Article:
Nokia Corporation used to be one of the key leaders in the international market of mobile devices. Nokia is well-known for the superior quality of its mobile devices and navigation products. The company develops and supplies cell phones and smartphones, mobile computers and applications, as well as Internet services like music and messaging (Yahoo Finance, 2011).
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Nokia’s current financial profile is not very attractive: the company failed to retain its leadership in the smartphone market and has almost lost its smartphone business (Butcher, 2010). The company is fighting to restore its position in the financial market, and the price of its shares slowly increases. Whether or not Nokia manages to improve its strategic and financial position depends on the quality and efficiency of the new CEO’s decisions and actions.
Nokia, one of the leaders in the international market of mobile devices, is currently listed on the Frankfurt, Helsinki, and New York Stock Exchanges (Nokia, 2011). The latest closing data for the NYSE shows that the price of Nokia’s shares does not exceed $6.02 (Nokia, 2011; Yahoo Finance, 2011).
The 52-week range for Nokia is $5.81-11.75, and it is possible to assume that Nokia is currently near the bottom of its financial performance (Yahoo Finance, 2011). The company was able to improve its financial position in the NYSE, but its corporate future does not look very bright. The company is facing numerous strategic issues. At the end of May, Nokia announced that it would not be able to make any profits on phone sales (Arthur, 2011).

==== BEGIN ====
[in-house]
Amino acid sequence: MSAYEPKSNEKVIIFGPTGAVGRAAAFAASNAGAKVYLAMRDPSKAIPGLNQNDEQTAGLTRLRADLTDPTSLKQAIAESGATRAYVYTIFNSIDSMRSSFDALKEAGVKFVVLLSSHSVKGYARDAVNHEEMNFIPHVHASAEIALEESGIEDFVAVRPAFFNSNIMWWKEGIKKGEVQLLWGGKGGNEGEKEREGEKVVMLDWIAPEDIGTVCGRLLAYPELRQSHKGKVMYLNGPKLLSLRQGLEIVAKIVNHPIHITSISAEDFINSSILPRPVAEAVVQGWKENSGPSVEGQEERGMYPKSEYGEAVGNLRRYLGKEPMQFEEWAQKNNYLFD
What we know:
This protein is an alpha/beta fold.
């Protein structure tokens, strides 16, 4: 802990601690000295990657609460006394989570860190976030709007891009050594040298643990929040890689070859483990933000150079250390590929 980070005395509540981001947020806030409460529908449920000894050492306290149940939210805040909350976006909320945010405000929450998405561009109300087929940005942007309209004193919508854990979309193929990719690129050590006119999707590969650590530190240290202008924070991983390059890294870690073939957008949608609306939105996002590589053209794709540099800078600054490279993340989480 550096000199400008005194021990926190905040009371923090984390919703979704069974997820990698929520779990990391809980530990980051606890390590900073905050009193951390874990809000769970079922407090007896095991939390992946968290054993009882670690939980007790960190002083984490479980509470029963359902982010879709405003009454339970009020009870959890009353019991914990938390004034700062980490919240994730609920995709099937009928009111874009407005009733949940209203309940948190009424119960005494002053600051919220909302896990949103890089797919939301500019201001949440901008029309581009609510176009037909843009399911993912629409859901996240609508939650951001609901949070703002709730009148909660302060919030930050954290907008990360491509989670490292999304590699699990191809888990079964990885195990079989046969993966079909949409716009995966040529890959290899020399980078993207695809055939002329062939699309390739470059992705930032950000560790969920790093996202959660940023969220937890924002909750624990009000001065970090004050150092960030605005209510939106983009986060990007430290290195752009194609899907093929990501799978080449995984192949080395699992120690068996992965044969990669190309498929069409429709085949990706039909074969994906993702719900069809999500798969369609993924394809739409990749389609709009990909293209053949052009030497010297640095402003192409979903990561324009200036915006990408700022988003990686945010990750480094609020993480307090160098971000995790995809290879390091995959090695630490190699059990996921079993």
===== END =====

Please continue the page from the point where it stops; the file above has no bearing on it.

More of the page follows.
The company feels too weak against its competitors, Google and Apple: the former sells millions of cell phones with Android operating system, whereas the latter has turned its iPhone into the source of unprecedented profits (Arthur, 2011). The popularity of Nokia products in Europe and China is decreasing because of price (Arthur, 2011). Whether or not Nokia manages to improve its financial position depends upon the quality and efficiency of the new CEO’s strategic decisions.
At the end of 2010, Nokia decided to replace its CEO Olli-Pekka Kallasvuo with Stephen Elop, who used to be the head of a business division at Microsoft (Butcher, 2010). Today, Elop is Nokia’s CEO (Nokia, 2011).
Before Elop became the new Nokia’s CEO, he said that his main task was to lead the company through the period of change (Butcher, 2010). Elop was confident that superior financial performance was one of his main professional goals (Butcher, 2010). Little has changed since then: the company is losing its customers and cannot retain its position in the mobile devices market.
The company lost nearly 33% in stock prices over the last year (Yahoo Finance, 2011). Its payout ratio is 63.00% and its return on equity is 8.80% (Yahoo Finance, 2011). Apparently, Nokia is in the dire straits of the mobile devices business and needs an entirely new strategy to improve and capitalize its market position. Compared to 2010, investors holding Nokia’s shares have lost nearly 18%.
Nokia hopes that its new CEO will give an impetus to the company’s movement towards new strategic highs. Obviously, the company needs a major move to remain competitive in the technological age.
Positive changes in stock prices suggest that Nokia has a chance to revive itself against its competitors, but to make it happen, Nokia needs an entirely new strategic vision, mission, and direction. Years may pass before Nokia restores its position in the international mobile and cell phone industry. Until then, all Nokia can do is to fight with the ghost mills of its former popularity, while other technological giants are developing and selling brand new products.
Arthur, C. (2011). Nokia shares dive after sales warning. The Guardian. Web.
Butcher, M. (2010). Nokia’s new CEO has a mobile mountain to climb. Tech Crunch. Web.
Nokia. (2011). Investors resources. Nokia. Web.
Yahoo Finance. (2011). Nokia Corporation. Yahoo Finance. Web.